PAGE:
Erhard Westermann, 43 years old, has been a successful sales engineer in a well-known international mechanical engineering company for 12 years. On 1 April 1991 his colleague and friend Guido Kreuzer is promoted to head of sales and thus becomes his boss. They celebrate this together with their wives and look forward to a promising future together. It was to be their last celebration together. The more seriously Guido takes his new position, the more annoyed Erhard becomes. "Why's he suddenly speaking to me in that tone of voice? This new job seems to be going to his head. He's treating me the same way old Hartmann did. Back then we both used to shake our heads at the old guy's 'ambitious targets'. Now Guido himself is setting unrealistic targets. And even worse, he doesn't let me know about them ahead of time." These are the kind of complaints Erhard uses to express his disappointment to his wife. At the Kreuzer's house the story sounds a little different. "I don't know what's got into Erhard. He's been acting withdrawn and even aggressive around me lately. It's as if he's envious of my promotion. I sometimes think he wants preferential treatment. He's drawing attention to himself in our sales meetings with his constant complaining. He's just not playing on our team anymore. It can't go on like this." Guido asks Erhard for a talk to clear the air and re-establish their mutual trust. But that talk takes on a dynamic of its own and ends in strong words, turning what's left of their friendship into shreds. It's obvious they must go separate ways. After they've had time to mend their wounds they become more civilized to each other, Guido offers Erhard the possibility to continue working while looking for a new position. That which shouldn't be a problem, given Erhard's many years of successful sales, his good education and his relatively young age. Erhard says yes, after reaching an agreement on a respectable severance package. As a successful salesman, Erhard has a good network. But he's surprised to find he's not immediately welcomed with open arms; he's often confronted with difficult questions. Above all, his contacts want to know why he wants to leave and join a lesser-known competitor after 12 successful years as a sales engineer in one of the world's leading companies. As a well-trained salesman he knows better than to wash his dirty linen in public. If the story of his falling out with his boss and former friend comes out, nobody would take him on.
So creates his own "success plan": "With my proven success, I want to a head of sales. I expect a salary of at least 95 thousand euros." Surely that's a realistic plan.
Unfortunately, Erhard is not able to see himself through others eyes, and does not have any friends and colleagues he can talk to about his new approach. Confiding in Guido is out of the question. Erhard is an excellent sales engineer, but there are reasons why he remained a sales engineer for 12 years. He doesn't radiate management potential. His job interviews remain unsuccessful and he becomes more and more nervous when the inevitable question arises: "Why do you want to leave BETA AG to come to us?" This eventually turns Erhard from a winner into a problematic case; with over 30 good contacts used up, he is more familiar with doctor's offices than an office where he can work. He is relieved of his duties at BETA AG, which doesn't help his "success plan". It also intensifies his psychosomatic symptoms, which have become visible. Then one of our leaflets lands on Guido Kreuzer's desk and he calls me. Two days later we meet in my Hamburg office. In the same week the consultation begins. During the warm-up and appraisal of the status quo, the facts of the case you have just read come out. Putting Erhard Westermann through a standard program is obviously not the answer. The problem is his ineffective application strategy and the damage it had done. In our consultations I concentrate on helping Erhard see that with a well thought-out presentation of the events as they happened would lay the foundation for him to apply again as a sales engineer. That would allow him to work with his real strengths. This perspective alone is enough to cause a spark and visible upswing. Of course, his skepticism about presenting the truth about his leaving BETA AG cannot be overcome in one session. But in the end it becomes clear to him that headhunters and managers don't think the world is a perfect place free of conflict. For interviews he must give a positive, matter-of-fact description and show that he has worked through the conflict and the part he played in it. We work on these issues during his coaching, which is quite intense. He also continues seeing his internist, and his psychosomatic symptoms begin to recede. After the coaching sessions and following application training, we have to deal with the other major hurdle: finding fertile ground with all the scorched earth he has left behind in his sector (over 30 companies). With the economic data and handbooks on businesses at our disposal we manage to find a couple of companies and headhunters and send them slightly altered applications. After a total consultation period of just 5 months Erhard Westermann signs a new employment contract with Asian company growing in Europe: as a sales engineer with a similar income to the one he had at BETA AG.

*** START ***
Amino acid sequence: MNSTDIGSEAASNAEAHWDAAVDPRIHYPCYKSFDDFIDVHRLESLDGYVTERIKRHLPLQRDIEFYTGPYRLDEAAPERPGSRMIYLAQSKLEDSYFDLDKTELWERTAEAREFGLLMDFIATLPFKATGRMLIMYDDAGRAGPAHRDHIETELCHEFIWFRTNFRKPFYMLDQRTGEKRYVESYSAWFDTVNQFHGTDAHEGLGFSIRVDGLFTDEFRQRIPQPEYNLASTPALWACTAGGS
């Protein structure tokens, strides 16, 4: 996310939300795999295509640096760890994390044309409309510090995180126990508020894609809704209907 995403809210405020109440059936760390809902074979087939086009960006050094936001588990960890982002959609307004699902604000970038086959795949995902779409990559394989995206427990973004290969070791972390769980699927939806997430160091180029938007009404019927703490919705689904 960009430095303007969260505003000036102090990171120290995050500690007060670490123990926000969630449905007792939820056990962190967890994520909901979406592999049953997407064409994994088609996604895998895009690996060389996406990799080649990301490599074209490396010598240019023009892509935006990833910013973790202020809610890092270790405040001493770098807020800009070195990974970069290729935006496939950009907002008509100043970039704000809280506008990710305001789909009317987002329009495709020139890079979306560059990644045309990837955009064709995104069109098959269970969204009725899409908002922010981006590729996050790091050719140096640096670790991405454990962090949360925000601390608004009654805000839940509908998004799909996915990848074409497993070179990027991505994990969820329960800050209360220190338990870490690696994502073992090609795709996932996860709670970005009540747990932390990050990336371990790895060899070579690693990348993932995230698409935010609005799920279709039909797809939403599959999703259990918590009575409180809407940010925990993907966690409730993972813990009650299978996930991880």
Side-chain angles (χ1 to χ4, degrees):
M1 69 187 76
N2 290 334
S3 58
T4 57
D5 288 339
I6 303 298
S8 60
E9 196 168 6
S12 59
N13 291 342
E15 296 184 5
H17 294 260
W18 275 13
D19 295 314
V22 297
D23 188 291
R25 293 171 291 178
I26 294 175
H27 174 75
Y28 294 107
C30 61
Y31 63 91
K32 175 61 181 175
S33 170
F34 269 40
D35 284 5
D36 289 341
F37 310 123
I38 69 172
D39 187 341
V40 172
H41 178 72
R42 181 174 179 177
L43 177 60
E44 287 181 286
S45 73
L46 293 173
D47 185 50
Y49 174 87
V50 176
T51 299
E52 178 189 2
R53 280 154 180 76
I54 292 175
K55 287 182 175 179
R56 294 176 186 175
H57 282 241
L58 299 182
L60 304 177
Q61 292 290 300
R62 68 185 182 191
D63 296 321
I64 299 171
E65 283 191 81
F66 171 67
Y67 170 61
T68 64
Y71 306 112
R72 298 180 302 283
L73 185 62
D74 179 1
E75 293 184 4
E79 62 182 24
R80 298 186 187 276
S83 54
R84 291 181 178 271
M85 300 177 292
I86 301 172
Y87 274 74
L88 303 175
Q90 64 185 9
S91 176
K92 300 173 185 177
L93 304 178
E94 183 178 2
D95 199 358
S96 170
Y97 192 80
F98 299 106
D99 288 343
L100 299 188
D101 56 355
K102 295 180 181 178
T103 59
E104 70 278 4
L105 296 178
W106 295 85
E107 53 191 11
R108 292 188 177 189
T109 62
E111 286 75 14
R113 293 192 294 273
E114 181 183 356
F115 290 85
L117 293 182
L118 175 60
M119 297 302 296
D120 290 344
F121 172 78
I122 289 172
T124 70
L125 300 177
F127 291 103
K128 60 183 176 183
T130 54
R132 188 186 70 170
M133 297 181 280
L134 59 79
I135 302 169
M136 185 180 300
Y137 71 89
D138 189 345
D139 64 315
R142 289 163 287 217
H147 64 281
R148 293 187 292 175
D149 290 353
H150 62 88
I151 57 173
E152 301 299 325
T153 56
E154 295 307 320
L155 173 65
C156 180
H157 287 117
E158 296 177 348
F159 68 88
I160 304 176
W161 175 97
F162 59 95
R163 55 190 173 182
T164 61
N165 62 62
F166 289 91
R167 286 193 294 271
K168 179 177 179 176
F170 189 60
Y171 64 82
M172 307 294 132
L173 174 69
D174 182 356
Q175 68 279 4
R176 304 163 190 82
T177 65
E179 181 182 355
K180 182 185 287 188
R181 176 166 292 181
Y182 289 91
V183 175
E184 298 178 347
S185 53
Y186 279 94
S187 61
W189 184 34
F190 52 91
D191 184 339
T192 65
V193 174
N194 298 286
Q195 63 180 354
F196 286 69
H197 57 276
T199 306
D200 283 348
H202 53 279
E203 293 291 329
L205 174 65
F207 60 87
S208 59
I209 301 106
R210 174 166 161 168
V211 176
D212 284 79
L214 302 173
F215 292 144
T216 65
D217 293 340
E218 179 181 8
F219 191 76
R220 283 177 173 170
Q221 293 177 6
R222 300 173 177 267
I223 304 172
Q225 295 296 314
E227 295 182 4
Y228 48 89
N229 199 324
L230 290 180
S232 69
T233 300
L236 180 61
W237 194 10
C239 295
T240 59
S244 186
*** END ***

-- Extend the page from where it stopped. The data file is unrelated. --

This is a real case. Names and locations have been changed to protect privacy.